Bengals RB BenJarvus Green-Ellis rushed 19 times for 129 yards in Sunday's win against Oakland. (AP)

Through the first nine games of the season, the Bengals running game tested the patience of offensive coordinator Jay Gruden. Heck, even Woody Hayes would have thrown the rock more considering the complete failure on the ground.

In nine games, they ran 228 times for 676 yards at 2.96 yards per rush.

Yet, here was Gruden, with A.J. Green playing like the best WR in the NFL, calling running plays, then watching them repeatedly be stuffed. Pulling the trigger over and again in hopes of a breakthrough came with hesitancy.

“Very tough,” Gruden said, shaking his head. “Very tough.”

The last two weeks, patience paid off. The struggling running game came to life with 410 yards on 72 carries for a 5.7-yard average in blowout wins against Kansas City and Oakland.

Sure, the Chiefs (25th) and Raiders (28th) both rank near the bottom of the league against the run. Still, to increase production to that degree suggests more than favorable matchups. The Bengals staff points to the consistency of a young group learning to play together.

The season began with two new guards in LG Clint Boling and first-round pick RG Kevin Zeitler, and an injury to longtime starting center Kyle Cook forced the duo of veteran Jeff Faine and undrafted rookie Trevor Robinson into action. They all blocked for a new running back in BenJarvus Green-Ellis. Finding cohesion among the group took time. More time than Gruden or anyone else would have liked, but the group turned the corner during this three-game win streak.

“I would say the guys are doing a good job of seeing the look together through the same eyes and coming off the football together in unison and getting the hats and their heads and our feet and our pad level all in the right spot as much as we can,” Marvin Lewis said.

Green-Ellis became the first Bengals running back to crack 100 yards in back-to-back games since Cedric Benson did it in 2008. Green-Ellis has been helped by increased reps of backup Cedric Peerman, who filled the change-of-pace role originally designated for Bernard Scott (IR, ACL).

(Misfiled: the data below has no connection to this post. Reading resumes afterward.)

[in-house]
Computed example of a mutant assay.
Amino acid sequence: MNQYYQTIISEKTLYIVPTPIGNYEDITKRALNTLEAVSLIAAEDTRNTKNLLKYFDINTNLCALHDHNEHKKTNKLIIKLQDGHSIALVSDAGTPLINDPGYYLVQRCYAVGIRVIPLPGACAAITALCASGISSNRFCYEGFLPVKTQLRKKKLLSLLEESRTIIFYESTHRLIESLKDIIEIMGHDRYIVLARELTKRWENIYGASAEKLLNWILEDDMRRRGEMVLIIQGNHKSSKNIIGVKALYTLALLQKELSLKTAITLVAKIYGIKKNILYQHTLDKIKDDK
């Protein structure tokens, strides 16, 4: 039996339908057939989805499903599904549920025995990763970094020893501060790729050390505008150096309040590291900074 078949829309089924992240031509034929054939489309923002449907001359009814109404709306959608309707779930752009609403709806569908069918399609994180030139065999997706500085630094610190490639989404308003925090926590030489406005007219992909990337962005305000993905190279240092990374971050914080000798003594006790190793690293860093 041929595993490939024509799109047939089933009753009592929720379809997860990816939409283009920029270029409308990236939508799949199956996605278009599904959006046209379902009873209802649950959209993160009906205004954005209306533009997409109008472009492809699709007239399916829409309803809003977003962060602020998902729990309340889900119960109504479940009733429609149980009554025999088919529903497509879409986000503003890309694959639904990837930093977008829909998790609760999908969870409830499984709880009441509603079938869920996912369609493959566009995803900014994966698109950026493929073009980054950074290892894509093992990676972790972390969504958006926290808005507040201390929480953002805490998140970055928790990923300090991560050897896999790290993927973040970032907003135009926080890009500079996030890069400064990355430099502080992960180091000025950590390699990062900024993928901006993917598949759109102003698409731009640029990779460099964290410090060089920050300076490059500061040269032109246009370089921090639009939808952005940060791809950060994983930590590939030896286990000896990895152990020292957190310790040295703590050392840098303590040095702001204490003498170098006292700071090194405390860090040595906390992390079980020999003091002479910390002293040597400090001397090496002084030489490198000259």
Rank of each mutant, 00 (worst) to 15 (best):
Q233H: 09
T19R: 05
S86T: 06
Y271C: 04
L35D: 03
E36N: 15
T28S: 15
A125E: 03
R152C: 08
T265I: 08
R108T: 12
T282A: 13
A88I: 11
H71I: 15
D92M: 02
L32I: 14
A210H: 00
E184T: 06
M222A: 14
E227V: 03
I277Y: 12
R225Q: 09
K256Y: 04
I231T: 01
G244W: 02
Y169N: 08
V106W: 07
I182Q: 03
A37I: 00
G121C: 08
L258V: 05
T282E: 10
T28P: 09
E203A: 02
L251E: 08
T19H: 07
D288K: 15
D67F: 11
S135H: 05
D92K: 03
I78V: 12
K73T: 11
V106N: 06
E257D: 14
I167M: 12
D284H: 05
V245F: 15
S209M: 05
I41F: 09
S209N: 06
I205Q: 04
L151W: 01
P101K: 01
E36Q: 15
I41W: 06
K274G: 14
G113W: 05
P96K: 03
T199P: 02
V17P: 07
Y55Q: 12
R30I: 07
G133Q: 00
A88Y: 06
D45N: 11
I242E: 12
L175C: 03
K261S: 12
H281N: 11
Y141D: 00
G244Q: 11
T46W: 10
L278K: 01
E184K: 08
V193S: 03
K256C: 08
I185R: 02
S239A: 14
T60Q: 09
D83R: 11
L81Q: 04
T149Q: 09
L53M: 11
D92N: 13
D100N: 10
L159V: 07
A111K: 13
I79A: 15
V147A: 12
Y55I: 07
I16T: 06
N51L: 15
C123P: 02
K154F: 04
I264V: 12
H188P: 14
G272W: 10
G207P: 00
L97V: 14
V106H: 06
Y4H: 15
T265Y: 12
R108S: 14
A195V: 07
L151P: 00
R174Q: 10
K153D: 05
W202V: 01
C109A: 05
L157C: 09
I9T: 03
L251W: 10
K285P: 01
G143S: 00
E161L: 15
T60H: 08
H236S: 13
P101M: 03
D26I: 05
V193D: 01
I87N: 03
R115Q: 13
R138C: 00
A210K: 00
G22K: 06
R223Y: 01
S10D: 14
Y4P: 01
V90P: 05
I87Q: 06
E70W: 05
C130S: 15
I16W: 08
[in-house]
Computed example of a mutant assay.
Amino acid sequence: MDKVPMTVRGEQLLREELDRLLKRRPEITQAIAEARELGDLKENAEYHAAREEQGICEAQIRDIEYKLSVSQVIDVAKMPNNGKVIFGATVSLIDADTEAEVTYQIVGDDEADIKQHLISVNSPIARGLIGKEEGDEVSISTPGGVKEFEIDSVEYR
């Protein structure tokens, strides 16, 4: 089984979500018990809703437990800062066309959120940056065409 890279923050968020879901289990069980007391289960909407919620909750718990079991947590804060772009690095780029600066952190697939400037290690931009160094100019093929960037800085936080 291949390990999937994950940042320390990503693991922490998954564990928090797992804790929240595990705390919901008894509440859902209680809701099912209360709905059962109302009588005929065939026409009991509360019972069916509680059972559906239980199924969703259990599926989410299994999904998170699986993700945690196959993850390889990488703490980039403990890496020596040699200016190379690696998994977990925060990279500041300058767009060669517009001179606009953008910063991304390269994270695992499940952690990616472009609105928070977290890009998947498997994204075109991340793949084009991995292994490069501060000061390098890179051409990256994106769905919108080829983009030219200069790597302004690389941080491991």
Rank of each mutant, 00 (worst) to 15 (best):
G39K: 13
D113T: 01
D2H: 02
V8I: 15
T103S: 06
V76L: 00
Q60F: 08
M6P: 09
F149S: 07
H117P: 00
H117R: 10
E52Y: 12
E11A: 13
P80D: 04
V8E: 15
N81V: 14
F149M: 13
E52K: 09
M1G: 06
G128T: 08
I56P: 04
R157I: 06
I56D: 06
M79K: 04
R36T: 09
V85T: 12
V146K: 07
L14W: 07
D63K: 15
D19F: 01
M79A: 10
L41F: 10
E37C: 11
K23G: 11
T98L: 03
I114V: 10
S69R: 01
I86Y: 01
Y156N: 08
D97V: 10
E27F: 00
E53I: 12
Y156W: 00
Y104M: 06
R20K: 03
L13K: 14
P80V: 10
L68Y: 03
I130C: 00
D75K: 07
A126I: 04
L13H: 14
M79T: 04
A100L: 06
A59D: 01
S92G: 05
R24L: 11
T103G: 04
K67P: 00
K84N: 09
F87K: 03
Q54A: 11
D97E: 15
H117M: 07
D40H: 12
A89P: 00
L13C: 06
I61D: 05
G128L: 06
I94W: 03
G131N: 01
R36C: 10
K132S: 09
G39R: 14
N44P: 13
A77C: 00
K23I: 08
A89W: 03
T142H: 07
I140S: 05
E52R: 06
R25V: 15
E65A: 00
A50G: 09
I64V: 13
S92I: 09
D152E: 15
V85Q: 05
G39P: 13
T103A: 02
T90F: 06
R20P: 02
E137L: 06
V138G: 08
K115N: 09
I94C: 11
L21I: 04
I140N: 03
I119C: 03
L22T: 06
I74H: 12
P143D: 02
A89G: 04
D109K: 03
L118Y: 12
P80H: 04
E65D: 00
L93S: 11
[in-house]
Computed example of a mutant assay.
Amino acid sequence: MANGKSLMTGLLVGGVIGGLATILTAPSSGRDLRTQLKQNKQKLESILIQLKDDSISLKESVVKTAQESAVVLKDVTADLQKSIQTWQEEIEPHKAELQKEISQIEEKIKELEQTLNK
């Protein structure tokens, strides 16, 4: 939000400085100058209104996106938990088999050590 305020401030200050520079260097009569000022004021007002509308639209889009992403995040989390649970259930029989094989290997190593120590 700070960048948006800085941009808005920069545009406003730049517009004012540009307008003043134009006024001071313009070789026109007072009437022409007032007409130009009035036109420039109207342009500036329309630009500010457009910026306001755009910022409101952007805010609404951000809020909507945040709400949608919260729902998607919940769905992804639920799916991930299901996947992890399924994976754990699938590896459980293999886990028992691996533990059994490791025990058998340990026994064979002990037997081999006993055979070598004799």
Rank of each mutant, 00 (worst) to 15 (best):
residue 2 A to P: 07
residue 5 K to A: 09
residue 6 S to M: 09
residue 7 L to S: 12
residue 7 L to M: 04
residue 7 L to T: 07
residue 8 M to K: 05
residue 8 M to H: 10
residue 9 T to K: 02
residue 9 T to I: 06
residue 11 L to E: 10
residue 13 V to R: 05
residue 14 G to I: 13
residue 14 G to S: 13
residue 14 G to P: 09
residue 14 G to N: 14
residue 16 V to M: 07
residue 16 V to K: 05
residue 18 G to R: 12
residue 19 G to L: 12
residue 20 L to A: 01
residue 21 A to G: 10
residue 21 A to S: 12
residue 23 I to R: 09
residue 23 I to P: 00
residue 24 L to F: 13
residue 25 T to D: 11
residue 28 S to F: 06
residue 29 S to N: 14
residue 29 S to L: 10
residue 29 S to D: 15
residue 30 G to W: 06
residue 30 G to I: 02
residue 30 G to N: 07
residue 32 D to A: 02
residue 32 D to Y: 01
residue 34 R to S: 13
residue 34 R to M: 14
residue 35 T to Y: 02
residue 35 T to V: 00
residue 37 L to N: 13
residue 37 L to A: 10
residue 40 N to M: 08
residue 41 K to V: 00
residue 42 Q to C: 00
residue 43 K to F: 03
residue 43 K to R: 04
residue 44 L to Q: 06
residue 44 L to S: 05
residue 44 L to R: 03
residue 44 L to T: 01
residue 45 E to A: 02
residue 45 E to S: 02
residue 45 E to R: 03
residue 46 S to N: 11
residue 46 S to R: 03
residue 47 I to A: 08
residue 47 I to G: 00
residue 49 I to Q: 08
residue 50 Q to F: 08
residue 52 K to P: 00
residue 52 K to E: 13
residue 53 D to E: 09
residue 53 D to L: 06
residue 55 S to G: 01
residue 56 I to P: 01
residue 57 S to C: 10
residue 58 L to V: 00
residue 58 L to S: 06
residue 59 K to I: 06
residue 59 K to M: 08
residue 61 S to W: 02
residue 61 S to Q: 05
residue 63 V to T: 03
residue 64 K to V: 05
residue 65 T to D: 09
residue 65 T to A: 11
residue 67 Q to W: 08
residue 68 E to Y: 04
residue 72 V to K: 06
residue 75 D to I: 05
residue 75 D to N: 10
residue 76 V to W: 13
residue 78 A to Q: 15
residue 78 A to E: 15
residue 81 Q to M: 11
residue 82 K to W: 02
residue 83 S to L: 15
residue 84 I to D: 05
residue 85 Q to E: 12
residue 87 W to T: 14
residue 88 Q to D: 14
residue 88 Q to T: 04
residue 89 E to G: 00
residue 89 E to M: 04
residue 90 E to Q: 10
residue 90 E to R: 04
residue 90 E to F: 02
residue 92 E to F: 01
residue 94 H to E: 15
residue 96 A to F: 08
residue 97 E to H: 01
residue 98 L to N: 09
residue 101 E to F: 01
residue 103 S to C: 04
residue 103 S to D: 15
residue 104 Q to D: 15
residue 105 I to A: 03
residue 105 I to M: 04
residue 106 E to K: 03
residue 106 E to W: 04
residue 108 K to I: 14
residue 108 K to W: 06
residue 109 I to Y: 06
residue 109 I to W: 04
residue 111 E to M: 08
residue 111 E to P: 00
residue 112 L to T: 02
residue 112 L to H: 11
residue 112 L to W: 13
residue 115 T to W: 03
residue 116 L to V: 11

Peerman has averaged 5.9 yards per carry in his 27 handoffs from scrimmage this season (and has also rushed for 80 yards on two fake punts).

With all the moving parts in the running game, the pieces have clicked.

“Finally, everyone is getting the job done that they need to, the right reads being made,” Zeitler said. “We had to rely so much on our pass game early and just defenses could focus on that area more. But now that that’s going, it really helps open everything up.”

Once runs break to the second level as Green-Ellis did twice Sunday for gains of 48 and 39, the field opens dramatically because of double teams on Green.

“Nobody is home because everybody is standing by 18,” Lewis said of his Pro Bowl receiver.

Gruden used not only the threat of Green, but the pass itself to open up the running game lately instead of vice versa. He has been rewarded with only one negative run the last two weeks. Even with short gains, calling running plays doesn't feel like a chore anymore.

“It's a lot easier to stick with it at second-and-7 then second-and-12,” Gruden said. “As long as we avoid the negative plays, then we will be able to stick with it and keep pounding them. Keep the defense off balance and if they want to load up the box to stop the run -- thank you. We'll take some shots.”

Follow Paul Dehner Jr. for Bengals updates on Twitter at @CBSBengals.